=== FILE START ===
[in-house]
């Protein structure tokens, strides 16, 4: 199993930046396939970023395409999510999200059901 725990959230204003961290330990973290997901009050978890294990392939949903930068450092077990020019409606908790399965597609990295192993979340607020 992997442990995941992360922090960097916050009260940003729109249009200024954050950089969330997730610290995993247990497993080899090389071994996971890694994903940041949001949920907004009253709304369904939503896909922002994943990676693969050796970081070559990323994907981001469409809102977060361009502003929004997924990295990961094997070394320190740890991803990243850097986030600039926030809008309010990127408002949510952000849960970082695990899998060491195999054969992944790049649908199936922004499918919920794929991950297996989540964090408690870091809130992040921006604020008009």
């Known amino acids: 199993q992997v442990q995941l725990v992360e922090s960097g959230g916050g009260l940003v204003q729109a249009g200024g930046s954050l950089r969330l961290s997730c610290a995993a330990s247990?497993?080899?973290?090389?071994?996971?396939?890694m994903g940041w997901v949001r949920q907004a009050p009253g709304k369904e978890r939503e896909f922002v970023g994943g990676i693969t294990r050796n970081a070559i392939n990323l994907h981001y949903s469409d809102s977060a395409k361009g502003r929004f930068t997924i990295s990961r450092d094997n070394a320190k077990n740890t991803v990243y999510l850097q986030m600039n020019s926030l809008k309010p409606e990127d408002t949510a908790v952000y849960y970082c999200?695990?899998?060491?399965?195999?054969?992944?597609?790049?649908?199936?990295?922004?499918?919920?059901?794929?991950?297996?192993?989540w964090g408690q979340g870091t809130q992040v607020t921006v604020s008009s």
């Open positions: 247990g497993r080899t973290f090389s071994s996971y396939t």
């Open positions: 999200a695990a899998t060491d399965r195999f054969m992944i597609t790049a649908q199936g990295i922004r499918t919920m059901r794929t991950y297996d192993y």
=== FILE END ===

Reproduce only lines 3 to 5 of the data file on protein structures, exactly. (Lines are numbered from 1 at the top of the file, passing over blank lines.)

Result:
């Known amino acids: 199993q992997v442990q995941l725990v992360e922090s960097g959230g916050g009260l940003v204003q729109a249009g200024g930046s954050l950089r969330l961290s997730c610290a995993a330990s247990?497993?080899?973290?090389?071994?996971?396939?890694m994903g940041w997901v949001r949920q907004a009050p009253g709304k369904e978890r939503e896909f922002v970023g994943g990676i693969t294990r050796n970081a070559i392939n990323l994907h981001y949903s469409d809102s977060a395409k361009g502003r929004f930068t997924i990295s990961r450092d094997n070394a320190k077990n740890t991803v990243y999510l850097q986030m600039n020019s926030l809008k309010p409606e990127d408002t949510a908790v952000y849960y970082c999200?695990?899998?060491?399965?195999?054969?992944?597609?790049?649908?199936?990295?922004?499918?919920?059901?794929?991950?297996?192993?989540w964090g408690q979340g870091t809130q992040v607020t921006v604020s008009s």
């Open positions: 247990g497993r080899t973290f090389s071994s996971y396939t």
């Open positions: 999200a695990a899998t060491d399965r195999f054969m992944i597609t790049a649908q199936g990295i922004r499918t919920m059901r794929t991950y297996d192993y």